Amendment 7 would have authorized a 3/4 cent sales tax increase in Missouri. The money was intended for transportation in the broadest sense of the word. Parks with dirt paths qualify, since people can walk on the paths. Even if the bill tightened down the definition of transportation, municipalities and counties would have merely shifted funds to other projects and replaced that money with Amendment 7 taxes. Politicians are masters at moving money around.
I’ve pointed out before that Missouri has great roads. Some of the best in the country. But let’s say Amendment 7’s supporters were right. Say we need more money for roads and bridges and butterfly museums. Now what?
My buddy Ben Evans of Heritage Action has a great idea. Let the Missouri Legislature pass resolutions advising our Congressional delegation of what to do and how to vote.
The first resolution I’d propose involves highway funding. The legislature should tell our members of Congress to co-sponsor and pass the Transportation Empowerment Act. You can read all about the TEA here.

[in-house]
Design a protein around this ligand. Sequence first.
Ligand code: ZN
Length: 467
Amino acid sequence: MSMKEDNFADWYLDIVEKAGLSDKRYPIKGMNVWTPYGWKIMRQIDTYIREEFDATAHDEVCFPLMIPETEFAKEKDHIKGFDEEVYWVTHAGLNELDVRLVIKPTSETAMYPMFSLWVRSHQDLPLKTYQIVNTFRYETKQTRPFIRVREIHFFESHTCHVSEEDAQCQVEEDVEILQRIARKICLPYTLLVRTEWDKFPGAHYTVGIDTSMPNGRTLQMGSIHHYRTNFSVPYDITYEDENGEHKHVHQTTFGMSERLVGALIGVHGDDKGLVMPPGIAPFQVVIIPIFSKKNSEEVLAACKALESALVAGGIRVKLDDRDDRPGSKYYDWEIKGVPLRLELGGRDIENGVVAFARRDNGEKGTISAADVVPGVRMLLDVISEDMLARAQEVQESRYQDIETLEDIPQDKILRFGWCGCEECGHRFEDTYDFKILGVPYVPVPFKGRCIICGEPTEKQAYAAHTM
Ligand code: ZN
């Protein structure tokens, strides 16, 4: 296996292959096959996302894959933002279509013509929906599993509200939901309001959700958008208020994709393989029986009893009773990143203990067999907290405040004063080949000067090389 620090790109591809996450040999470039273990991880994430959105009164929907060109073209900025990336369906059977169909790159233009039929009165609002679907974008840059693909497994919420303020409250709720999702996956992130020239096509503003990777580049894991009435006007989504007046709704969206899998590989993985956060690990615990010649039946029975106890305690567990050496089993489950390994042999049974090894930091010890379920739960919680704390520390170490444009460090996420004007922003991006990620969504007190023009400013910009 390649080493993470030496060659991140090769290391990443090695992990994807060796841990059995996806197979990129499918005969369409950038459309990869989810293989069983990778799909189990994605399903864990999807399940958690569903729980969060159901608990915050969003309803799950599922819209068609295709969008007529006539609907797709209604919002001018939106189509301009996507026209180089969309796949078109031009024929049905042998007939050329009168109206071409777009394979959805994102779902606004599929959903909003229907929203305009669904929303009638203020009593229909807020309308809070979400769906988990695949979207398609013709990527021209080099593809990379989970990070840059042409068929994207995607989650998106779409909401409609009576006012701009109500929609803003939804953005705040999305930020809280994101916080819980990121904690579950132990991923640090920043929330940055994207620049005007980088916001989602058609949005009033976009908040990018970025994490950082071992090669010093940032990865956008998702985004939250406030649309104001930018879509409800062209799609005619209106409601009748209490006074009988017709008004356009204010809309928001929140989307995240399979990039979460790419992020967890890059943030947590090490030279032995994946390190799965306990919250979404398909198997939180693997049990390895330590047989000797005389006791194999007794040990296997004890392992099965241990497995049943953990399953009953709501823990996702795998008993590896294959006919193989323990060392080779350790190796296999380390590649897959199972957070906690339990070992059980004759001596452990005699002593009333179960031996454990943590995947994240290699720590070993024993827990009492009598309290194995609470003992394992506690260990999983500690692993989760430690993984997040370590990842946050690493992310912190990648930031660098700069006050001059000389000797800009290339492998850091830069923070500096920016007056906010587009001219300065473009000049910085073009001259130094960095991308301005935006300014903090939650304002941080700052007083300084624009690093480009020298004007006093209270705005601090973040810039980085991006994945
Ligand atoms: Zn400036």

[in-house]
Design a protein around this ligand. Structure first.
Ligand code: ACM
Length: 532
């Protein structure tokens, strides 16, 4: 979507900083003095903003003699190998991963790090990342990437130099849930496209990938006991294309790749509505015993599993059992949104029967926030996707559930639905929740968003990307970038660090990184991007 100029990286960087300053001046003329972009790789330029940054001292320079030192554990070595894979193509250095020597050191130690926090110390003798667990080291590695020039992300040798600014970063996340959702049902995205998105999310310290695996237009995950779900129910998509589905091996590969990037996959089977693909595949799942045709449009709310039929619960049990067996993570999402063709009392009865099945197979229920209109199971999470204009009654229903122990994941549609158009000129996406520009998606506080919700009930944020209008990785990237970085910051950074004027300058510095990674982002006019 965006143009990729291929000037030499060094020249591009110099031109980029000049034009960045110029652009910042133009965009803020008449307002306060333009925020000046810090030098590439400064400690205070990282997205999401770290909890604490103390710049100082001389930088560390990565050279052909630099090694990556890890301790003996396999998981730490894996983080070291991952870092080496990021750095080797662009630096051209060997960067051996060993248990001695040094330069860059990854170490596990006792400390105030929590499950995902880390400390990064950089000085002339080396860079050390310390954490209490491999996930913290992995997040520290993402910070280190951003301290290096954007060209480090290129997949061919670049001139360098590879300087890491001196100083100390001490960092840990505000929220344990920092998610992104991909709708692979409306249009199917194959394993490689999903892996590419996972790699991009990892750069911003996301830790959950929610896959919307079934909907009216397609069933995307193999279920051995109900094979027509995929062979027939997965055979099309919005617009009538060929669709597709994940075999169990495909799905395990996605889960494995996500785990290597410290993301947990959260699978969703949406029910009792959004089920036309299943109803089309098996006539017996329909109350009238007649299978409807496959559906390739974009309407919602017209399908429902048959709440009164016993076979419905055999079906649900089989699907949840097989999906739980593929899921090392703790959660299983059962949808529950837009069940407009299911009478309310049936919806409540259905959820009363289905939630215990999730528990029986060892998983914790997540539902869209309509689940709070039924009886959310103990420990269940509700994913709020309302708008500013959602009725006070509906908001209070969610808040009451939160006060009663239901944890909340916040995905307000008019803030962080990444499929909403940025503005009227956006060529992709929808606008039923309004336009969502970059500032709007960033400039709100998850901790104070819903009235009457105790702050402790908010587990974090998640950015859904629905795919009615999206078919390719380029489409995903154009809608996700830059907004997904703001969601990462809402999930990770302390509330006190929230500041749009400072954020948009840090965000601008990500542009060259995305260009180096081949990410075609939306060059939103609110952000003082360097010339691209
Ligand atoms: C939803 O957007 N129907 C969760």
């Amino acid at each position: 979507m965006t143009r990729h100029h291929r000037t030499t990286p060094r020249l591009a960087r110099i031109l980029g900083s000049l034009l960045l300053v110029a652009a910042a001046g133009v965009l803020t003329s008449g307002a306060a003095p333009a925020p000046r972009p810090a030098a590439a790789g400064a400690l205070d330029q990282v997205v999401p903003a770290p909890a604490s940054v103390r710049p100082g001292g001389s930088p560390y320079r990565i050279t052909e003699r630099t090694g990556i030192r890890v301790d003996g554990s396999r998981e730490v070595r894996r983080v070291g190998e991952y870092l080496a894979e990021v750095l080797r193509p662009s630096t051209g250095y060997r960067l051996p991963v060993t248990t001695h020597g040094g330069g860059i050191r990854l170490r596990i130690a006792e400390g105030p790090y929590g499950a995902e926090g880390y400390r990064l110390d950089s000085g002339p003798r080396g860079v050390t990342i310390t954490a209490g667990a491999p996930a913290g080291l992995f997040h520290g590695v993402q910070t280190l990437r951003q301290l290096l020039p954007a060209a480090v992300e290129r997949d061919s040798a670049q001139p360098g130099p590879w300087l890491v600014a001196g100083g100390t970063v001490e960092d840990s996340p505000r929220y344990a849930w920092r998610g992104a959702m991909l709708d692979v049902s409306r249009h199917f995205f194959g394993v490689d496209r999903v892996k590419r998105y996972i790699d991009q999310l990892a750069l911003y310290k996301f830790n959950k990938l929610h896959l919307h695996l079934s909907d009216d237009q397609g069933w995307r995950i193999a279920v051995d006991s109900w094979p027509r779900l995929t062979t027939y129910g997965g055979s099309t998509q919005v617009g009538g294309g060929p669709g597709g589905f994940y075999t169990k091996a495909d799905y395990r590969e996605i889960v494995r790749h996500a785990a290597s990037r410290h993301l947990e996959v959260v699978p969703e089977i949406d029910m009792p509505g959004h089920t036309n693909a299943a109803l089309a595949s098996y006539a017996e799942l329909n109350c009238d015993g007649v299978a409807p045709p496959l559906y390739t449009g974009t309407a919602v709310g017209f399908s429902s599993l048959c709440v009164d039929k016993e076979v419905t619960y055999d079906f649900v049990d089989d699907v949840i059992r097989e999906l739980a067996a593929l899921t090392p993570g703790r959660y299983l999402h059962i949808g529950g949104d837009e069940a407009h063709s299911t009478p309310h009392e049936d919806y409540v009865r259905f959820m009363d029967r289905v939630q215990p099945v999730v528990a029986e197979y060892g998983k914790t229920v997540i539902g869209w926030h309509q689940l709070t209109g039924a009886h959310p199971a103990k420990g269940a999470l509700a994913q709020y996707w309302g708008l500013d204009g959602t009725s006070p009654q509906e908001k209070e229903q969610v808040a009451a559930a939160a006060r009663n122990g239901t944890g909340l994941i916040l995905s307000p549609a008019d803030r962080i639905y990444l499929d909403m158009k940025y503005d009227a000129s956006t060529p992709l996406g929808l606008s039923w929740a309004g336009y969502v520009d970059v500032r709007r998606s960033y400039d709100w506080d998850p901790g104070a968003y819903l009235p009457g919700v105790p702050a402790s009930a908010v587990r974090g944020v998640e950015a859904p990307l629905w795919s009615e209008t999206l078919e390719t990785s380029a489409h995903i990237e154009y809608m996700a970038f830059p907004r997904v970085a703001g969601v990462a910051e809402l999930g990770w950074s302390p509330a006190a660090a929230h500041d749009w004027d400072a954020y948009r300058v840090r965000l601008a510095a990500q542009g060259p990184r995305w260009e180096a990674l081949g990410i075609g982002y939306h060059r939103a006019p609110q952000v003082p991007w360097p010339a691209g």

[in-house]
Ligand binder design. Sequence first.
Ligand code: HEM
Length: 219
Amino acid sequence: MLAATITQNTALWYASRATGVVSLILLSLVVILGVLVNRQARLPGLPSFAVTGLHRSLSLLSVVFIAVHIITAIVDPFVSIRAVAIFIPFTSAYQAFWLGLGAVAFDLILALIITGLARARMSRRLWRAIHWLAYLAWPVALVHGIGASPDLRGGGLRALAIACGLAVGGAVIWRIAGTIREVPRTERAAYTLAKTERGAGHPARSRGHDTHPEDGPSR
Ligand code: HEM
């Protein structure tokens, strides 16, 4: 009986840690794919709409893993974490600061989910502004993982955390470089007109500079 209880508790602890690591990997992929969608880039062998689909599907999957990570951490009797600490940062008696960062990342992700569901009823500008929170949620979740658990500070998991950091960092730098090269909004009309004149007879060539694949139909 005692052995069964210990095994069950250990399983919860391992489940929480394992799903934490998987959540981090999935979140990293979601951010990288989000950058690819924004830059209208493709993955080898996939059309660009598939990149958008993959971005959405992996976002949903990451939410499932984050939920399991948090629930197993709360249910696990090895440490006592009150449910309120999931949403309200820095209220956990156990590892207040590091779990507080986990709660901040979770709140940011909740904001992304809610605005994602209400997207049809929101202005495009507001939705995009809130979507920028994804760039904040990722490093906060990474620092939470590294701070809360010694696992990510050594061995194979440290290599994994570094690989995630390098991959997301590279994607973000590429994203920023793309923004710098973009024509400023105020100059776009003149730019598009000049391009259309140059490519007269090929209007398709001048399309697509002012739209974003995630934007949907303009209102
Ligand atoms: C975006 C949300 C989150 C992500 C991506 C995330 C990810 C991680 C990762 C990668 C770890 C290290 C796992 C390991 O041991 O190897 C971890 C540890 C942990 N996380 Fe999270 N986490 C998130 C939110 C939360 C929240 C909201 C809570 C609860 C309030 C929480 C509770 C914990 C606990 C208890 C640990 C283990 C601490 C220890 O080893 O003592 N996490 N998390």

The Congressional delegation could just ignore the legislature’s recommendation, of course. The resolution could not bind them. But the act of formalizing instructions to members of Congress would make it far more difficult for Representatives and Senators to weasel their way out situations.
Could Roy Blunt really claim he understands Missourians’ best interest better than a state rep who lives and works with his constituents? Hardly.
If you like this idea, please let John Diehl know right away. Ask him to fast-track a resolution on TEA in the first weeks of the next general assembly in January. And thank @benevansstl for the great strategy idea.
Note: I’ve fixed the link to John Diehl. If it doesn’t work, here’s his address: [email protected]